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In bloom: Roy Volkmann’s Calla Lily on display at the Carrie Haddad Gallery.

Stamen Power
By David Brickman

Botanica
Carrie Haddad Gallery, through April 27

It may not be the most ground-breaking idea for an exhibition, but the Botanica show at Carrie Haddad Gallery in Hudson is an apt entry into the spring season we’ve all been wishing would just get here already and stay.

About 50 pieces by 15 artists, all but a few of them painters, are comfortably spread throughout the rambling, two-story space where owner Haddad holds court. Unlike most successful dealers, she is neither concerned about seeming sufficiently cutting-edge nor afraid to intermingle new talents with more established ones; the result is that this show is both a bit challenging and as familiar as an old neighbor.

Marking the extremes of experience among the artists included are Jeff Briggs, a newly minted BFA having his first show, and Richard Baker, whose résumé boasts more than a dozen solos at New York City galleries. For Briggs, it is a fine debut: His three oil landscapes evoke light, color and movement with deftly brushed patterns in a quasi-pointillist style. He’ll be one to watch in the future.

Baker offers pieces in three media and, if his skill were less, one would complain about the inconsistency of the selection. But the one pastel, one charcoal and two oils on wood are so masterfully rendered as to disarm the critic within.

The drawings (like everything else in the show, they’re of flowers) have that confident, easy quality that makes the work of such artists as Matisse and Picasso so delightful. And Baker’s Dutch-style oil studies of individual, robust tulip blooms set against vague landscapes are lovely and iconic.

Less successful are the sterile floral still lifes of Taylor Harbison. With their dramatic lighting, dark backgrounds and big, gold frames, these are the sort of paintings that easily find a place among antique furnishings in conservative homes, but they are not sufficiently well-painted to transcend their superficial nature.

In a similar mode, but far more convincing, Lucy Reitzfeld’s unframed canvases capture a playful note by placing as much (or more) emphasis on the vase as on the flowers. Particularly successful is one titled Fanciful Vase, in which a sparse arrangement is nearly outshone by the enameled flower pattern on the vase that holds it.

Some of the artists in this group seek to vivify their subject matter with innovative techniques, such as Ana Demertzis, whose Tulipa—Purple Parrot triptych successfully imitates the look of an old fresco, or the duo Kahn and Selesnick, whose three flashe-on-plaster pieces are in the form of a half-circle.

Still, Anne Francey gets far more energy into her work, not by technical innovation but by seeing in a new way. Her large acrylic on linen, Pink Rumination I, lives up to its title by roaming the picture plane to fill it with leafy washes of pink, green, rust and gray silhouettes, making of itself a near-abstract exploration of positive and negative space.

In two other pieces, Francey uses a similar looseness to create small gouache studies on rice paper, then groups them into framed grids of nine sheets that the viewer can compare and contrast. It’s a nice way to both reveal the process of seeing, and invite the audience to join in.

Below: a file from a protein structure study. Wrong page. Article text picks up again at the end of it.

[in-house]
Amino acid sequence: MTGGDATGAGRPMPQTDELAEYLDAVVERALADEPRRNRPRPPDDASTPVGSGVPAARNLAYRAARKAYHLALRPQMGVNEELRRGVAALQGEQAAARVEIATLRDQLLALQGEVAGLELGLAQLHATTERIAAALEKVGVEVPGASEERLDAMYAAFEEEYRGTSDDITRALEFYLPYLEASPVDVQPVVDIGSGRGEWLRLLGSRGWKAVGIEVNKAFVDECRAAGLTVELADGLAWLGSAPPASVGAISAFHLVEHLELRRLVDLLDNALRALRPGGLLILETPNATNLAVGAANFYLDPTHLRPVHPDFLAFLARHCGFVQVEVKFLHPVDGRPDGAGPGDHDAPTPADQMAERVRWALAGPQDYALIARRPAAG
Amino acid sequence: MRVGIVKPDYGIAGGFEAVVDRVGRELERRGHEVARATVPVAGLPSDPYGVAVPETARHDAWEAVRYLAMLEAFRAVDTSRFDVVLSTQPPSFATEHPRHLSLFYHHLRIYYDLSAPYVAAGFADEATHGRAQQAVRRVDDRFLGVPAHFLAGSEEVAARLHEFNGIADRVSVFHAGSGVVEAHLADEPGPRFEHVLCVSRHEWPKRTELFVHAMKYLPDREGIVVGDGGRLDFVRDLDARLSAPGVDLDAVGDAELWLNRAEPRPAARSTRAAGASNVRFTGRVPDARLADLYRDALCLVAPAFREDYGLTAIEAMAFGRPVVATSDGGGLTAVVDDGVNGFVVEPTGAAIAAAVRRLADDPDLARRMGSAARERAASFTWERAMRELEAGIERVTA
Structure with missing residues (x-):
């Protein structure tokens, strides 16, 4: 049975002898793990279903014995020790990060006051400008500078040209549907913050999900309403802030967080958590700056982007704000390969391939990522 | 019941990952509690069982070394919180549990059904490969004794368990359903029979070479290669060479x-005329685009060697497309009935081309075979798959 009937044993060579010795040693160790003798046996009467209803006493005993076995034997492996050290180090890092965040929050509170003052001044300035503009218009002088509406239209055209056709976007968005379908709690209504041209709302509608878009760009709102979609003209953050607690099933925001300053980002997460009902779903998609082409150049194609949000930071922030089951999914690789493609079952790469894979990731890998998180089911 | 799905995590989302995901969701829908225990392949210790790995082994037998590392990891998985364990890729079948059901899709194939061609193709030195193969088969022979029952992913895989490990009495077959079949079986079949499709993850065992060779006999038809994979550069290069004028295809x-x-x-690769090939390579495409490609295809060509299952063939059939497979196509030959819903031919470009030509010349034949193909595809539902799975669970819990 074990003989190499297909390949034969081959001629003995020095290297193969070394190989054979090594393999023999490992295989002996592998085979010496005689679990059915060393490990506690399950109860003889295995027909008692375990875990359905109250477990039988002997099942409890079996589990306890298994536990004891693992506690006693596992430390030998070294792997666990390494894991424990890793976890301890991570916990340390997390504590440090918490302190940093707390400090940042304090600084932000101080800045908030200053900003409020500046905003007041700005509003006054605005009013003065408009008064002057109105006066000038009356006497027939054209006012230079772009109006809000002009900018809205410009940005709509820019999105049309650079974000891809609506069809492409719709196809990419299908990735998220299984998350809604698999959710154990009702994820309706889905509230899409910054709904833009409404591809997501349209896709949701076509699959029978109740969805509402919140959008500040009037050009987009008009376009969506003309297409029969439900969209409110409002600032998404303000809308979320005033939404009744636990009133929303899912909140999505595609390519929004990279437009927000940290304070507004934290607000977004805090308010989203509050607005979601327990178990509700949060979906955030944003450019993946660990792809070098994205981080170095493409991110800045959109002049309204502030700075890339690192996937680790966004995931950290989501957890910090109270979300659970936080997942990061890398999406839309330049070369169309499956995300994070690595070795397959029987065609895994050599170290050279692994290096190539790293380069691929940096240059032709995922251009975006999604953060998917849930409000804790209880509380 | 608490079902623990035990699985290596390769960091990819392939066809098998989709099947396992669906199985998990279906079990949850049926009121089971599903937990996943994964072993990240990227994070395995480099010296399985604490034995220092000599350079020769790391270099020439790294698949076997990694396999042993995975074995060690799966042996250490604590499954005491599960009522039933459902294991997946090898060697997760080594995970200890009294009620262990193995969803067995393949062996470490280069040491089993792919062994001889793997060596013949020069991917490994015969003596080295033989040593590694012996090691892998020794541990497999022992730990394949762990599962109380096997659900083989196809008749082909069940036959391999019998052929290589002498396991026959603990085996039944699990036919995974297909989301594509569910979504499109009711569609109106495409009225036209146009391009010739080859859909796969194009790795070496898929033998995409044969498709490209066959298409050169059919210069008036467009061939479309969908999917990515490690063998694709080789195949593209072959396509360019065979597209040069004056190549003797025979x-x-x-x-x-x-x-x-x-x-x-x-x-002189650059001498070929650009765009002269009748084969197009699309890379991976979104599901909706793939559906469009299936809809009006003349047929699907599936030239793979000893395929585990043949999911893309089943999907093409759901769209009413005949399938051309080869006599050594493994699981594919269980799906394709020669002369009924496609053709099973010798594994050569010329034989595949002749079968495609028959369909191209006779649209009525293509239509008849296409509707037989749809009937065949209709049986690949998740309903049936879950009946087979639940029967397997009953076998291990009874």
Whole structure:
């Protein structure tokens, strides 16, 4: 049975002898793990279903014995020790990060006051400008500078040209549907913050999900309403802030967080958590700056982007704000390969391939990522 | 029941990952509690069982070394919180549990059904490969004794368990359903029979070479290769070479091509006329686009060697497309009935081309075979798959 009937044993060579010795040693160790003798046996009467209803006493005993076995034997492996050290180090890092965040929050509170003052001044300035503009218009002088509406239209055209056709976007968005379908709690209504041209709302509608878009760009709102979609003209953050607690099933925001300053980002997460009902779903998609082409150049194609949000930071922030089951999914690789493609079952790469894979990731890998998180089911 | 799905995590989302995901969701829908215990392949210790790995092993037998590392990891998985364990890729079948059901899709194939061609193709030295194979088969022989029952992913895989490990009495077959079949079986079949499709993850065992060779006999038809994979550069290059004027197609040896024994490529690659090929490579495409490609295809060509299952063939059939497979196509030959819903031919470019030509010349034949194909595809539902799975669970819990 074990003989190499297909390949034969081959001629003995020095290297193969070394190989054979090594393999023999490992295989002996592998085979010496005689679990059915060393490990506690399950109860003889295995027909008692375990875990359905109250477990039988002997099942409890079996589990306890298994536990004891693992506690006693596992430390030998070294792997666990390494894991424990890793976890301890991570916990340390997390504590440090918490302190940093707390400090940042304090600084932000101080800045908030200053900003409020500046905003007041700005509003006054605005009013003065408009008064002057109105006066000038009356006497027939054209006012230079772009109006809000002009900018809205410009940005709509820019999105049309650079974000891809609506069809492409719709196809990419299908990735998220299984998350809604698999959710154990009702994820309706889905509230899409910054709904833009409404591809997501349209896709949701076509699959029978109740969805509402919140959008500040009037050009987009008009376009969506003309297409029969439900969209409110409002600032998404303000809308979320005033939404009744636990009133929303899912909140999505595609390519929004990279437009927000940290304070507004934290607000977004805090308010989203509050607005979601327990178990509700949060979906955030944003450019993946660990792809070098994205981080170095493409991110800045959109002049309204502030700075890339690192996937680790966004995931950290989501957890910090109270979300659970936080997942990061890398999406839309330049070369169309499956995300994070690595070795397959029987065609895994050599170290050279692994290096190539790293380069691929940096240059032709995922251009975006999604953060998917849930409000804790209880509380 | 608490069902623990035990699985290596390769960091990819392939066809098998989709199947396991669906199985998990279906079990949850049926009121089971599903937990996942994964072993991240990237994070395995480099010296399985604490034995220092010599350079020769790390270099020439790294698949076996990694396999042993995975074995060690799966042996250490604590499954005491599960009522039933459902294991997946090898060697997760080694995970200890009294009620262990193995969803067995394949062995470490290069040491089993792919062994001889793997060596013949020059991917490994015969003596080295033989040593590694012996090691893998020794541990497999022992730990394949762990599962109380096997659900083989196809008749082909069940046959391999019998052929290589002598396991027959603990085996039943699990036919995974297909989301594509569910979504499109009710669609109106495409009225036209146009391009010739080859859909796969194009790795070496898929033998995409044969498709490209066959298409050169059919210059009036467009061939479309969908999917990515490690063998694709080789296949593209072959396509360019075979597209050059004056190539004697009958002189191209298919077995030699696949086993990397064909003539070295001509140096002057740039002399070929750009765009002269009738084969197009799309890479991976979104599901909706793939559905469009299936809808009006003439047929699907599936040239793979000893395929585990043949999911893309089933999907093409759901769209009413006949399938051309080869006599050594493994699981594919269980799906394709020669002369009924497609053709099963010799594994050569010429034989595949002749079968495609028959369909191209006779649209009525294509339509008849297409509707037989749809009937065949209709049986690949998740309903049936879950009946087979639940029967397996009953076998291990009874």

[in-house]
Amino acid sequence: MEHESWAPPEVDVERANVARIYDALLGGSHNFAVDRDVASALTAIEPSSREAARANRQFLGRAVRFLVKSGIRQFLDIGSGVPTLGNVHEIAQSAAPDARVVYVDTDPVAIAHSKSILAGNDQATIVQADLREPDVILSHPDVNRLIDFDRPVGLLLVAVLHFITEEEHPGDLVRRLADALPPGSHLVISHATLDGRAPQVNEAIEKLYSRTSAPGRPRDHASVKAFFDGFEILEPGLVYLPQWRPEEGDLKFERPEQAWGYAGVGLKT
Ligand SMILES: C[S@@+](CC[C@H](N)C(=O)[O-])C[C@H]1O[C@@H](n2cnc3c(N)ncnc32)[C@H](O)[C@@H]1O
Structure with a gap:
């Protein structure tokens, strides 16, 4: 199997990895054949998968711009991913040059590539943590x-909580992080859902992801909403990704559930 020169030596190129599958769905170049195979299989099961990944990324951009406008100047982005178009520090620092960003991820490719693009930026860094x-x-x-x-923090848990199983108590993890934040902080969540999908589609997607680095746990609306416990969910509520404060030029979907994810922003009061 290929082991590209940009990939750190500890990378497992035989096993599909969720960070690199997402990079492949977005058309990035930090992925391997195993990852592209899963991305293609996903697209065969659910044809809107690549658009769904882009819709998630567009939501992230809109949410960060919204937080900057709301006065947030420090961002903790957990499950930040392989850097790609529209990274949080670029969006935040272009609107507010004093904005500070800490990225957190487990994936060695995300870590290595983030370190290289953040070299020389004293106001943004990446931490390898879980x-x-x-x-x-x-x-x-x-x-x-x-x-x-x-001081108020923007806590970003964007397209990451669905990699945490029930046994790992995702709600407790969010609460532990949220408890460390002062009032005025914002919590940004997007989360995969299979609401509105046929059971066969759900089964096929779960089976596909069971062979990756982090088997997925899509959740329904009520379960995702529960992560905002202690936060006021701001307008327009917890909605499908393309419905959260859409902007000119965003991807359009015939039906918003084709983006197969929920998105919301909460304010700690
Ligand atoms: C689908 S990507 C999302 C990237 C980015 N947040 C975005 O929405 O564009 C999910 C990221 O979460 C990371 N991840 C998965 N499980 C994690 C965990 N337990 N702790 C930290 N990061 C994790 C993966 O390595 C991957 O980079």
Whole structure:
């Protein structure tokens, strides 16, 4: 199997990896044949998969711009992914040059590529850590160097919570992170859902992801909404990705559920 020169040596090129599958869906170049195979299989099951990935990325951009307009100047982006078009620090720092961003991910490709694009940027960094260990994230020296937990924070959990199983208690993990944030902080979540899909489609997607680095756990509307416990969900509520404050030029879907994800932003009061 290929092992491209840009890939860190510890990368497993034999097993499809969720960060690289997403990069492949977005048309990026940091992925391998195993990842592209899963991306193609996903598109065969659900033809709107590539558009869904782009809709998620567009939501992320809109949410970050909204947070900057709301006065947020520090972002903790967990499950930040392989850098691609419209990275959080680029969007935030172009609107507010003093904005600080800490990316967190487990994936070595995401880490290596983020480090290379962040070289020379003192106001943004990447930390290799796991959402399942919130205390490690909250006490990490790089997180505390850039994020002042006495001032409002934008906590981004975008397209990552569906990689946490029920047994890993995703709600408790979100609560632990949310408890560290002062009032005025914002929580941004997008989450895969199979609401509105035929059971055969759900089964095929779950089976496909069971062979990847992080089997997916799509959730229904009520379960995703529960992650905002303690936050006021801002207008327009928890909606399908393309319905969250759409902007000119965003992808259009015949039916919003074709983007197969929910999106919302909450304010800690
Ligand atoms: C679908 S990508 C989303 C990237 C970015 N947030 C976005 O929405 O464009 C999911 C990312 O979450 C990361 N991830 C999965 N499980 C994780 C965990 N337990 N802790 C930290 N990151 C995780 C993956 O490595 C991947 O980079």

By far the freshest stuff in the show comes from Truro, Mass.-based Bob Bailey, whose pop-inspired wall reliefs combine sophisticated design sense and perfect craftsmanship to engage the viewer in an uncomplicated, fun encounter.

Landing, a huge, improbably striped bloom, consists of five separate forms grouped around an empty, white-walled center circle. Clasp, though perhaps not a flower at all, wins us over with its jaunty shape and the sharp color design of a postmodernist brooch—however, being more than 2 feet across, it goes on a wall, not a dress.

Two digitally printed black-and-white photographs by Roy Volkmann also utilize scale to transform the subject, in this case a rose and a calla lily. They beckon the visitor upstairs to the photography gallery, where a series of 10 prints by newcomer Carl Dellatore awaits.

Dellatore has taken inspiration from Gabriel Garcia Marquez’s brilliant novel 100 Years of Solitude to create still lifes with flowers and other objects, all arrayed on the same rough-hewn slab of wood. Unfortunately, this Wood Plank Series, though lovingly and skillfully rendered in sepia tones on textured paper, comes off as more sentimental than symbolic.

Back downstairs, brash paintings by Frank Litto remind one that there’s no need to be ponderous, not when spring is in the air and every blossom on a branch of magnolia is worth studying individually. Litto’s willingness to revel in both petals and paint best captures the spirit of this show, as do the unapologetically exuberant cone flower studies by Marie-Louise McHugh that beckon to passersby from the gallery’s front window.

It’s nice to be reminded that art doesn’t have to be overly serious to be good or inspiring. Sometimes a sunny subject and the willingness to take a close look are enough. Take note: If you’re planning to see this show, there isn’t much time, as it ends on Sunday (April 27).


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